'We revolutionised online lingerie buying in India'
Richa Kar of Zivame, an online portal for buying lingerie, talks about the challenges of being an entrepreneur, and what it takes to make a business succeed.
When Richa Kar told her parents and peers that she had plans to sell lingerie online, their first reaction was, predictably, ‘Oh my God! All that education and now selling…’
Of course with an MBA from NMIMS under her belt (and a civil engineering degree from BITS Pilani), they knew she would easily find another job if this one failed. So did Richa.
“But I was not doing it to fail,” says Richa, who quit her job at SAP Consulting to plug a gap women felt while buying lingerie.
Lingerie is a Rs 15,000 crore market in India. Two-thirds of it is in the unorganised sector and the rest – a whopping Rs 5,000 crore – in the organised sector, of which online buying is just a fraction.
Richa saw this as a huge market waiting for an entrepreneur who could exploit it. Her idea that women could buy lingerie online, whenever they wanted it, from the privacy of their homes, was a winner.
Richa was not new to online retail. She had experience of the retail industry when she worked for Spencer’s Retail for two-and-a-half years in Kolkata and Bengaluru, in marketing and operations.
She joined SAP Consulting after completing her MBA in 2007, and this is where she got an understanding of IT-enabled systems and processes that helped global retailers scale up their operations.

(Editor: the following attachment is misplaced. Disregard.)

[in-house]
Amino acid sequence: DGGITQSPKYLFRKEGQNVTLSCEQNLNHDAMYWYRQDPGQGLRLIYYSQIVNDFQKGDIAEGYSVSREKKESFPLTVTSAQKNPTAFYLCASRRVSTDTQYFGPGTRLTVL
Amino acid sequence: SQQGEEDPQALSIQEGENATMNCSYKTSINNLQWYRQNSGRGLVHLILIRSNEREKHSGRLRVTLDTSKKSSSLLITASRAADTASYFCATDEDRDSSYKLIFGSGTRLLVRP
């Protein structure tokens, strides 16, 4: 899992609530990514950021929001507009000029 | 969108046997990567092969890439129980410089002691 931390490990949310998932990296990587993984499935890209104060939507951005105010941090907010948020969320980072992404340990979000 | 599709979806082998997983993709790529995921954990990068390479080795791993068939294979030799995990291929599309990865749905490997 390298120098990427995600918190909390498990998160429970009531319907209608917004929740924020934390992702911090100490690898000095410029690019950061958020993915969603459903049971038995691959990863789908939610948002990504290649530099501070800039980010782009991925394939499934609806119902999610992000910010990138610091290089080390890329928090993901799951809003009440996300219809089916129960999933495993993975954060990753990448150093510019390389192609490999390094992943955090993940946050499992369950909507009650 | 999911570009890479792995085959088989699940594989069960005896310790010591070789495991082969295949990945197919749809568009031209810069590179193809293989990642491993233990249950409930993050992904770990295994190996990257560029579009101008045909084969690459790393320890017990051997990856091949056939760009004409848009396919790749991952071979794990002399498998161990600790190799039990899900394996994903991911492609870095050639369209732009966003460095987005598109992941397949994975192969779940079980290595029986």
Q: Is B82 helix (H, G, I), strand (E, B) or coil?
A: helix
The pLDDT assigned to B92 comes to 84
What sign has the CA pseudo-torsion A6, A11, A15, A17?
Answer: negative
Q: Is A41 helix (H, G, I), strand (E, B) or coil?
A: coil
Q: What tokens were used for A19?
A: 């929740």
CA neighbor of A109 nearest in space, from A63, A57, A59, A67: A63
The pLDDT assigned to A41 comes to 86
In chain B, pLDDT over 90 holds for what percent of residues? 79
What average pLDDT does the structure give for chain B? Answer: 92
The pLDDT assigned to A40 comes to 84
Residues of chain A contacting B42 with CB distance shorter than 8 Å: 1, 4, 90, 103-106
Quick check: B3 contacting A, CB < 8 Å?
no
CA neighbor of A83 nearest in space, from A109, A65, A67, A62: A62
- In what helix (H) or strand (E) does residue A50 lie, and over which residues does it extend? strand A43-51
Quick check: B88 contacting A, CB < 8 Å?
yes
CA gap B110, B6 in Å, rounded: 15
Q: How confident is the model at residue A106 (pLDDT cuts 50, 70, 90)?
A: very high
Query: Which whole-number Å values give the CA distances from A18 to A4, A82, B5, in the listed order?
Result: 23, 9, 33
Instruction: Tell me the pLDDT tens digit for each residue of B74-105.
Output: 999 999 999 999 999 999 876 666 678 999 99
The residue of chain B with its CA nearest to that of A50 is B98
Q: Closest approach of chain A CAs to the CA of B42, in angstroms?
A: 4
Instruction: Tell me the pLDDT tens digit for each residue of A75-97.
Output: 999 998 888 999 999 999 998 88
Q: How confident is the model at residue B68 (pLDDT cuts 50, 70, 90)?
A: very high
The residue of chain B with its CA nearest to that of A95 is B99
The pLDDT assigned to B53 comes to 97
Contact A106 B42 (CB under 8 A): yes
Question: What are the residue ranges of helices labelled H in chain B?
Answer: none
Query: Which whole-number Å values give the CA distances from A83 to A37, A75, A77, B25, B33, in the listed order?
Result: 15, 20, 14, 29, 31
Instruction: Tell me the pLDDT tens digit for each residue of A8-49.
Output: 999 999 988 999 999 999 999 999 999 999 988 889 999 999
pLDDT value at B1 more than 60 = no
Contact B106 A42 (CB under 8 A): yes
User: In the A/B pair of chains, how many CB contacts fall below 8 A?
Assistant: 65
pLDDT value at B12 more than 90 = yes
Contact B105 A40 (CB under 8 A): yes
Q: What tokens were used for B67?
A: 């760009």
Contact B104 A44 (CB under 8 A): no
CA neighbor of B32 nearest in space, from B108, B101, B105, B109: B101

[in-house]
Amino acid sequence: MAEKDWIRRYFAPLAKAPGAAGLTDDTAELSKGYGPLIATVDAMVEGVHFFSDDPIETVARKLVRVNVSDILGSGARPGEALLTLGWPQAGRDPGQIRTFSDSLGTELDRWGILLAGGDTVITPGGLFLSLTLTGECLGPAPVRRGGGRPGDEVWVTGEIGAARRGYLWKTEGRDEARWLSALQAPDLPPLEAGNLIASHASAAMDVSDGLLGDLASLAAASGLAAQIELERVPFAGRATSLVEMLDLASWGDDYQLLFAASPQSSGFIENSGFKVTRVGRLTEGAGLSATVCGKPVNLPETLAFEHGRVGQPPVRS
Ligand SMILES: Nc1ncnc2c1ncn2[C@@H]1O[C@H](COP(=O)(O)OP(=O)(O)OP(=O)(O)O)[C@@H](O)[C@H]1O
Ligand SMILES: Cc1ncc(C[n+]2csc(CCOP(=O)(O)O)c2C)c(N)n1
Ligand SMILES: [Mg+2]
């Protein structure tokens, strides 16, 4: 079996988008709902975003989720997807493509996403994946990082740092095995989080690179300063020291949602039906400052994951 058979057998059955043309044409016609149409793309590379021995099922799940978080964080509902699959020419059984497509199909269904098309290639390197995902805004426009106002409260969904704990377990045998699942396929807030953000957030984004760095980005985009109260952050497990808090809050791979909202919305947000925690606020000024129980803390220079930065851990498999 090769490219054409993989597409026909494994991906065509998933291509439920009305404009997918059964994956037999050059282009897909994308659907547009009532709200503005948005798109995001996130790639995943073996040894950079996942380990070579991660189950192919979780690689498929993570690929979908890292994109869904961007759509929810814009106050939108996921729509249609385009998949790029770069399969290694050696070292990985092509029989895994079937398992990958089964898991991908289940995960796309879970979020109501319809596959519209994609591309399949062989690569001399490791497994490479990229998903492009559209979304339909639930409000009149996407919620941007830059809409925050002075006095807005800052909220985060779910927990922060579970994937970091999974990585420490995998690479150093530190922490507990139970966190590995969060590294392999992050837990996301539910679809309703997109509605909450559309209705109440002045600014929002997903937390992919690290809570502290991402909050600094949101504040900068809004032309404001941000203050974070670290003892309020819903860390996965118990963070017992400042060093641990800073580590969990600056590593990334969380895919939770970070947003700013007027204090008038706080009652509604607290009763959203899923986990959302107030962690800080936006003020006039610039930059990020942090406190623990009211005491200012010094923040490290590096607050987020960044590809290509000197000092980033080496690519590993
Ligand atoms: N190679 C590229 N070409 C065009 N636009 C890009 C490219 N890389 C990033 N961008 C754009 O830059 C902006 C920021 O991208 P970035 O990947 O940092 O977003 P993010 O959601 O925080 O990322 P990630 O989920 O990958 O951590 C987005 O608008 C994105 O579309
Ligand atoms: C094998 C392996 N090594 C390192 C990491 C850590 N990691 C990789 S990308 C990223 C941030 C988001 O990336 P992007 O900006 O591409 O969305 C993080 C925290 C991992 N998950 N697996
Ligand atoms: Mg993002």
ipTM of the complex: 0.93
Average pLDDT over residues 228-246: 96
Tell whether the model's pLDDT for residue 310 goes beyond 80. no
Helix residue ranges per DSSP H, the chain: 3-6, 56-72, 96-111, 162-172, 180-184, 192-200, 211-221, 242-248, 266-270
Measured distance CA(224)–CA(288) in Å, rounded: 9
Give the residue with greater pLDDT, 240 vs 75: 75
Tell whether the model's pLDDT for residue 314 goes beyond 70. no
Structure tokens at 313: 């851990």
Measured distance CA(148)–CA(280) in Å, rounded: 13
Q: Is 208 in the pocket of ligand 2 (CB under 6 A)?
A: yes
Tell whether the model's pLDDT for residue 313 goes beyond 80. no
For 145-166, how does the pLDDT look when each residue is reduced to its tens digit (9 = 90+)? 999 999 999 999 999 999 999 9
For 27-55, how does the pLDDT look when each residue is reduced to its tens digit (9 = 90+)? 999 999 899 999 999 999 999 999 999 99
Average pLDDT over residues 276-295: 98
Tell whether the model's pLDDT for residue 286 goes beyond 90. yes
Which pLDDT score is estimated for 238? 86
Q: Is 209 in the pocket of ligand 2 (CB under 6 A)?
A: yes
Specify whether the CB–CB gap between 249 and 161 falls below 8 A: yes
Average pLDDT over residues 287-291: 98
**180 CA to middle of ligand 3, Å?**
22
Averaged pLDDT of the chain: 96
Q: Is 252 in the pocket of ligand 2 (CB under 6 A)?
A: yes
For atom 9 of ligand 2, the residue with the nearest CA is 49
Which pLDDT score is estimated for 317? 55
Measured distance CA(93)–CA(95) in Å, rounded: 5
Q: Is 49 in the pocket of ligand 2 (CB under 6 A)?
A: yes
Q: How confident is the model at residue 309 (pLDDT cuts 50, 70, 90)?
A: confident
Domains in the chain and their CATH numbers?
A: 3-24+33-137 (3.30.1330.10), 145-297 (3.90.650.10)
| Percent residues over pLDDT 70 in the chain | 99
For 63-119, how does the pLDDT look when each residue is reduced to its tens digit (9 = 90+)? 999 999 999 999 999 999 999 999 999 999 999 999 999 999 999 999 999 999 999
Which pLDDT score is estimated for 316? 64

In one of her assignments at SAP Consulting she got exposed to a global retailer dealing in lingerie. That got her thinking about what was happening in this area in India.
She spoke to scores of women about their lingerie buying experiences and was convinced that online retail would work.
On August 25, 2011 she started Zivame (Ziva in Hebrew means ‘radiant’, hence ‘radiant me’). The online retailer sells lingerie, hosiery and stockings and is growing at 15 to 20 per cent every month, on top of a 400 per cent growth in sales last year.
Richa Kar explains how and why she started Zivame, the challenges of being an entrepreneur, and what it takes to make a business succeed.
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'It is socially embarrassing to discuss bra sizes openly; so women don't spend time in choosing the size that best fits them'
Why is an online store for lingerie a better option for women?
A retailer can never stock all the sizes. Like, there are a number of bra sizes - 30A, 30B, 34B, C, D, etc - and for every size you are talking about 12 odd fits. If a retailer has to cater to all these consumers, he will have to store all these sizes.
This leads to problems of shelf space. You will have to stock up a lot to cater to consumers with different kinds of bra sizes. Therefore, retailers will always compromise and go only for fast moving sizes, giving little choice as far as size and fit is concerned to their consumers.
Second, it needs consultation. There are different kinds of bras for different women. It is socially embarrassing to discuss all this openly and so women don’t spend time in choosing the size that best fits them. Physically shopping for lingerie is often an awkward experience for most women.
My research showed that the problem was magnified in smaller B and C towns where there are more social taboos or embarrassments related to buying lingerie.
I thought that online shopping would be best: It gives me as much shelf space as I want, offers 24 X 7 access to customers, and offers them a private shopping experience.
How do buyers try your products? Do you deliver products to their homes for them to try before they buy? What if the size doesn’t fit?
In Bangalore we are launching a 48-hour pick up service. Very soon we will be extending this feature to other metros also. Our return rate is around 4 per cent. The reason we have low return rate (four per cent) is because we put a lot of information on the site.